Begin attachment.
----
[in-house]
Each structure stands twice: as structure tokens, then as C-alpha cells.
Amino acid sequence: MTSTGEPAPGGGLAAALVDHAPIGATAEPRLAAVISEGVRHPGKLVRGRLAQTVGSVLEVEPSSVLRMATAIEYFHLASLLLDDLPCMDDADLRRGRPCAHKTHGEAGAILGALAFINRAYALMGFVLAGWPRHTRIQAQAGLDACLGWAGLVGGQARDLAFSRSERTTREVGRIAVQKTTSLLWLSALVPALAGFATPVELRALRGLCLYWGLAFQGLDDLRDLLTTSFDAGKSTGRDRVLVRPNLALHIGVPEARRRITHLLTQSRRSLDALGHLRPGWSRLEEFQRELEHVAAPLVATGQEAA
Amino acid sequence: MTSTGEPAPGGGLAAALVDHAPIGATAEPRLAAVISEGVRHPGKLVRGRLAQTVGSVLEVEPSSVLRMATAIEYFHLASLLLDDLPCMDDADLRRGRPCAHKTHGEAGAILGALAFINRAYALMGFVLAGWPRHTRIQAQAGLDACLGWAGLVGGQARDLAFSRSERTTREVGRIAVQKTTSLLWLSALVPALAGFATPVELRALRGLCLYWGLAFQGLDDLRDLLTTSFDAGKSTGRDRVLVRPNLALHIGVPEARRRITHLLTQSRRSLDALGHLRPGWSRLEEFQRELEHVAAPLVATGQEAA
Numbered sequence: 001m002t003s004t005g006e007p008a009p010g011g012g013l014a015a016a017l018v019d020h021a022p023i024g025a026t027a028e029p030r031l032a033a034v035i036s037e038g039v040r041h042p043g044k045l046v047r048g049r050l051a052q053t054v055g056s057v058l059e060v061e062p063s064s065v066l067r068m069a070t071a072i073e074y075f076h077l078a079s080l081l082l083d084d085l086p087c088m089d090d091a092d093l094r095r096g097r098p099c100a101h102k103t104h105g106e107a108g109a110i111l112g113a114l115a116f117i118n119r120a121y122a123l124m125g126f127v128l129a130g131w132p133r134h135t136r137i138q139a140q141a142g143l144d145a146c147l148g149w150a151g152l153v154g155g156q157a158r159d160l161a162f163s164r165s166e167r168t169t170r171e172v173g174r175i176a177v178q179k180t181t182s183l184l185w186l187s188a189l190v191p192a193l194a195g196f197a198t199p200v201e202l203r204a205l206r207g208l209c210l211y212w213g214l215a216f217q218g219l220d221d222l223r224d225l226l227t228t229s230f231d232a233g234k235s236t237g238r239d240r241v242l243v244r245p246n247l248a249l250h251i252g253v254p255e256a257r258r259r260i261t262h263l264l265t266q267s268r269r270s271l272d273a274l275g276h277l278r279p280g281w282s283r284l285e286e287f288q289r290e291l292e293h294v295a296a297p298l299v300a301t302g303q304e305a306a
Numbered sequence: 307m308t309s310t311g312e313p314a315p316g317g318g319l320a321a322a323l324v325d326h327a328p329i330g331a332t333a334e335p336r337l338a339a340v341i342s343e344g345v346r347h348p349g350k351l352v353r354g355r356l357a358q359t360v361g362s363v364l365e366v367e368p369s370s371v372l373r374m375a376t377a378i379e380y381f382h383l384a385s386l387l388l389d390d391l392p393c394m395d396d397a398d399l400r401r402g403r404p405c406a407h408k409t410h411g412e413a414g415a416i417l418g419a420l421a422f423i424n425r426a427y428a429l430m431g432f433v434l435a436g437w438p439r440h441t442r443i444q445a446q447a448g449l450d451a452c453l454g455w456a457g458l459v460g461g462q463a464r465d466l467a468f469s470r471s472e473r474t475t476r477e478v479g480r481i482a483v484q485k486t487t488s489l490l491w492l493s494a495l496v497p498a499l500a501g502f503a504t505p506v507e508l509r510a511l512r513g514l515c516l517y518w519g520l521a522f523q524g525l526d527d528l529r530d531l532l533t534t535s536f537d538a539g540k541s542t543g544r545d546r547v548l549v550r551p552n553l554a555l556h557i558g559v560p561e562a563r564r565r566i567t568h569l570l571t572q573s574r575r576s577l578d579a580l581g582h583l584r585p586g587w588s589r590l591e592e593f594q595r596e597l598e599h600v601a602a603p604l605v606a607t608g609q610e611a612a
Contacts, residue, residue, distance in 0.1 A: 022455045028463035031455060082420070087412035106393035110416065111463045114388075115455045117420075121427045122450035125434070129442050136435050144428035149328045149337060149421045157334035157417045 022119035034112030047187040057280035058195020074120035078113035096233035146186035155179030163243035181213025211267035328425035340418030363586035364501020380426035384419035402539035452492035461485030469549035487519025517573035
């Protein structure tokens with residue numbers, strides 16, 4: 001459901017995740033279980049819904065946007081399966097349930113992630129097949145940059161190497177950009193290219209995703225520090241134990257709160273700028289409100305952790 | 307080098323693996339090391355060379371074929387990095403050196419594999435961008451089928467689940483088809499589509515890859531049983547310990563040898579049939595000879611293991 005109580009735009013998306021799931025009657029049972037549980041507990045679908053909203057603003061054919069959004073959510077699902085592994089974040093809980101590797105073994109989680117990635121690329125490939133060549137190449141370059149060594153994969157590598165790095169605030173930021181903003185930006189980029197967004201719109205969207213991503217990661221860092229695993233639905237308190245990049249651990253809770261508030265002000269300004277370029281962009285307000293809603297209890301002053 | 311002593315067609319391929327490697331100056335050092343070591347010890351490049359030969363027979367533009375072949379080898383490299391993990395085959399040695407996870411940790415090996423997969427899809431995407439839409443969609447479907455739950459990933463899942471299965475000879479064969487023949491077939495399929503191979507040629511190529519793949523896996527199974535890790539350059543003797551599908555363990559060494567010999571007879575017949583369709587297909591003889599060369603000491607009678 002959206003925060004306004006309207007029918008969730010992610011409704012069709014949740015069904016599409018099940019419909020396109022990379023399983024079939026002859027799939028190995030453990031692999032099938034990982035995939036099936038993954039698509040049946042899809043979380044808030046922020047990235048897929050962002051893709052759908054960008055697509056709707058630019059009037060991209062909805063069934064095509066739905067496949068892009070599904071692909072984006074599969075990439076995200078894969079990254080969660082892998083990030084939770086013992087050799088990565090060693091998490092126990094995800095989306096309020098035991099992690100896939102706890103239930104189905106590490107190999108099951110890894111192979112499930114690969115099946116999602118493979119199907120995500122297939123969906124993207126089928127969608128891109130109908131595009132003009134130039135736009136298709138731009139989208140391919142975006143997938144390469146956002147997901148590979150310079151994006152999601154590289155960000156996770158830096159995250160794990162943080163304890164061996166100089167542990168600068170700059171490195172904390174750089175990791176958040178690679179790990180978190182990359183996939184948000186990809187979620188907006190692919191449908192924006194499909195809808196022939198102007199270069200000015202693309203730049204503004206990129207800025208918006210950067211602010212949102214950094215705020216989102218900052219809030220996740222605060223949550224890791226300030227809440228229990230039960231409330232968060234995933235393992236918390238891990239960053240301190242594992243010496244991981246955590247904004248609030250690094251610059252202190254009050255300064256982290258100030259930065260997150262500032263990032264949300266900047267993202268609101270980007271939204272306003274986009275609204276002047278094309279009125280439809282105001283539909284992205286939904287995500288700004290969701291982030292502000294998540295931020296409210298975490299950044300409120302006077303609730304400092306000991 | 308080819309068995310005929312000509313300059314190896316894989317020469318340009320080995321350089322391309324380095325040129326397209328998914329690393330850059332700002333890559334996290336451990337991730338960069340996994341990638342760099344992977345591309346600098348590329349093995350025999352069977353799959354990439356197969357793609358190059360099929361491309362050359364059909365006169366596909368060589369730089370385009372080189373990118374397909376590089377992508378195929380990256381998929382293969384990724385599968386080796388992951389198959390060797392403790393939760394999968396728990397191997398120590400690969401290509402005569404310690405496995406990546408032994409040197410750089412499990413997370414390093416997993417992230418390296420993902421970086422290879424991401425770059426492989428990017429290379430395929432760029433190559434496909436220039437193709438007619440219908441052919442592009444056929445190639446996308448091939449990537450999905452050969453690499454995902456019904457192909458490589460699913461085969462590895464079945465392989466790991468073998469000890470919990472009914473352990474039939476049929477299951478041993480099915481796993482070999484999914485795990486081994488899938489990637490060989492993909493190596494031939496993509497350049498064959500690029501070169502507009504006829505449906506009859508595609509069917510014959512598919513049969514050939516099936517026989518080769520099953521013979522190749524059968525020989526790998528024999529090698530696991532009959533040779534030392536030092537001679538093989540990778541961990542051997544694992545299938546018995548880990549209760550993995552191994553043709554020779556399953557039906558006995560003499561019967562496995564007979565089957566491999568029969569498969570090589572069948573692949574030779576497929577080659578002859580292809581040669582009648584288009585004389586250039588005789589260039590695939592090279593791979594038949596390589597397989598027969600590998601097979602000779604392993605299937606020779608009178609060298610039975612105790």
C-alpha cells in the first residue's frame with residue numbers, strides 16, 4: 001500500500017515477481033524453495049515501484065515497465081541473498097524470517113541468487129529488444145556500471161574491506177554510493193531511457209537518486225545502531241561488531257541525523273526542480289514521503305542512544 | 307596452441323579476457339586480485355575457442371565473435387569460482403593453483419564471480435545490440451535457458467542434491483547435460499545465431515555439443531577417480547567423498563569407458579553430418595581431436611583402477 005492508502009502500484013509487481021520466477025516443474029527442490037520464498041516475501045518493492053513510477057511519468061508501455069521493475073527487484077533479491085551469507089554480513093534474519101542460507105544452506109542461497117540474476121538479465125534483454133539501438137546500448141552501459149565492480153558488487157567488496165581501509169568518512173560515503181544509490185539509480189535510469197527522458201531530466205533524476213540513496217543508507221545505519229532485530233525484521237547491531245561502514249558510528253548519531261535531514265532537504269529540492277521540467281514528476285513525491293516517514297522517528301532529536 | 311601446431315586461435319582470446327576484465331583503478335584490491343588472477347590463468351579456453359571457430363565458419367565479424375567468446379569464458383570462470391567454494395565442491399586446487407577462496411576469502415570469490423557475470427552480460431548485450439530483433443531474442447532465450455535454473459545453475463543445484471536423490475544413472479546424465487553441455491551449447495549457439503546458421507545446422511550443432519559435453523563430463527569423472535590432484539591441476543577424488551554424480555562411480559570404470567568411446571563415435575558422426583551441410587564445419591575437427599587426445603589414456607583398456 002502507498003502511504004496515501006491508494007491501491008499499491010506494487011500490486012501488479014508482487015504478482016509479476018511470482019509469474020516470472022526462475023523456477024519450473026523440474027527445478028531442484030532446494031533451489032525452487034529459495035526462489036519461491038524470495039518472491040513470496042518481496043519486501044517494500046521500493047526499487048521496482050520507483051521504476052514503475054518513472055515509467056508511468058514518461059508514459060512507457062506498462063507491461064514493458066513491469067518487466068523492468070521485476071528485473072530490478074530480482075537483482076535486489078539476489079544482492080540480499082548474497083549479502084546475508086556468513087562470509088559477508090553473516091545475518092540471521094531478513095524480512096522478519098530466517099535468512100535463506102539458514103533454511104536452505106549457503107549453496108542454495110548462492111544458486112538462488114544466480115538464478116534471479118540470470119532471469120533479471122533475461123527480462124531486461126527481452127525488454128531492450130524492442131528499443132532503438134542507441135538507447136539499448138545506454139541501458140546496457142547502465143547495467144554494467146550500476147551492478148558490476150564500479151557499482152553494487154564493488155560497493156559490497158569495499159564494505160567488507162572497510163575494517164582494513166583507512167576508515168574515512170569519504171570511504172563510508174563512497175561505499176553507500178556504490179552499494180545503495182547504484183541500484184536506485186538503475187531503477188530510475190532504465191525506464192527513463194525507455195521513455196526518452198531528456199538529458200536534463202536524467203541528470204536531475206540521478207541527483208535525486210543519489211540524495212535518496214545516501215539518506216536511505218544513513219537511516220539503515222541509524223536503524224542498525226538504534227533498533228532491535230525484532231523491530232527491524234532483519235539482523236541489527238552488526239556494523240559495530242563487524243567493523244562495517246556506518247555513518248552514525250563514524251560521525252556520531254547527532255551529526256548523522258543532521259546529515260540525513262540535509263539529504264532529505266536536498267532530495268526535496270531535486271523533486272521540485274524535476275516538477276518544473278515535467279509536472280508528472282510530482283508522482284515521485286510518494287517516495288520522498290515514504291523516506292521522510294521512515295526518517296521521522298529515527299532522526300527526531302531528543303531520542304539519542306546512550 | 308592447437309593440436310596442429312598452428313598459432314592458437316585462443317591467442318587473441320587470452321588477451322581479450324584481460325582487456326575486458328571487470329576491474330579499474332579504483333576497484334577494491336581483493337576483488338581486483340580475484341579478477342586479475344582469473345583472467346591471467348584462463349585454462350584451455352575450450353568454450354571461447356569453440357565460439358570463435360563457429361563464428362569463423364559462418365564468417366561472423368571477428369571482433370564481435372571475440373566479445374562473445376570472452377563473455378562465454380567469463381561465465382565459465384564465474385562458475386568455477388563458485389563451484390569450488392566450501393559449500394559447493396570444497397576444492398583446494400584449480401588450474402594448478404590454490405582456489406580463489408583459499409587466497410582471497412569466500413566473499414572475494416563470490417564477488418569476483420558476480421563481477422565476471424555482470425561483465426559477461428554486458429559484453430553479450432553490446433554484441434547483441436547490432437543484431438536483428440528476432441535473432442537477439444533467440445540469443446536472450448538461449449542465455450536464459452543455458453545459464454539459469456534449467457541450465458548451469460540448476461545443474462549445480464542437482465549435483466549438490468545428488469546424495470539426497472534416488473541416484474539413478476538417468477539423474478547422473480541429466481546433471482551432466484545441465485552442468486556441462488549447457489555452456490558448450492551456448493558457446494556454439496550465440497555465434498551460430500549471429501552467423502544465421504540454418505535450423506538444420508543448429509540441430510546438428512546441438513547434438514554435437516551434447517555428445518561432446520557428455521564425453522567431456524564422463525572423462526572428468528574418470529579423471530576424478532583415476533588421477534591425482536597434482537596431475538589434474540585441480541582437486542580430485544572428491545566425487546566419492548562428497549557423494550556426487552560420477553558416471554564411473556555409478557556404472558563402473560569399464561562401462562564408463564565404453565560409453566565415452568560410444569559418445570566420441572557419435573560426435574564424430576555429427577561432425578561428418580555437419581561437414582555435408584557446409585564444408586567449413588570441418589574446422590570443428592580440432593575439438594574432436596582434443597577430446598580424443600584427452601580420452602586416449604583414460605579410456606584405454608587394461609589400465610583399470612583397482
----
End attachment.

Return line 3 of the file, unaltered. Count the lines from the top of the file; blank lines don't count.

Amino acid sequence: MTSTGEPAPGGGLAAALVDHAPIGATAEPRLAAVISEGVRHPGKLVRGRLAQTVGSVLEVEPSSVLRMATAIEYFHLASLLLDDLPCMDDADLRRGRPCAHKTHGEAGAILGALAFINRAYALMGFVLAGWPRHTRIQAQAGLDACLGWAGLVGGQARDLAFSRSERTTREVGRIAVQKTTSLLWLSALVPALAGFATPVELRALRGLCLYWGLAFQGLDDLRDLLTTSFDAGKSTGRDRVLVRPNLALHIGVPEARRRITHLLTQSRRSLDALGHLRPGWSRLEEFQRELEHVAAPLVATGQEAA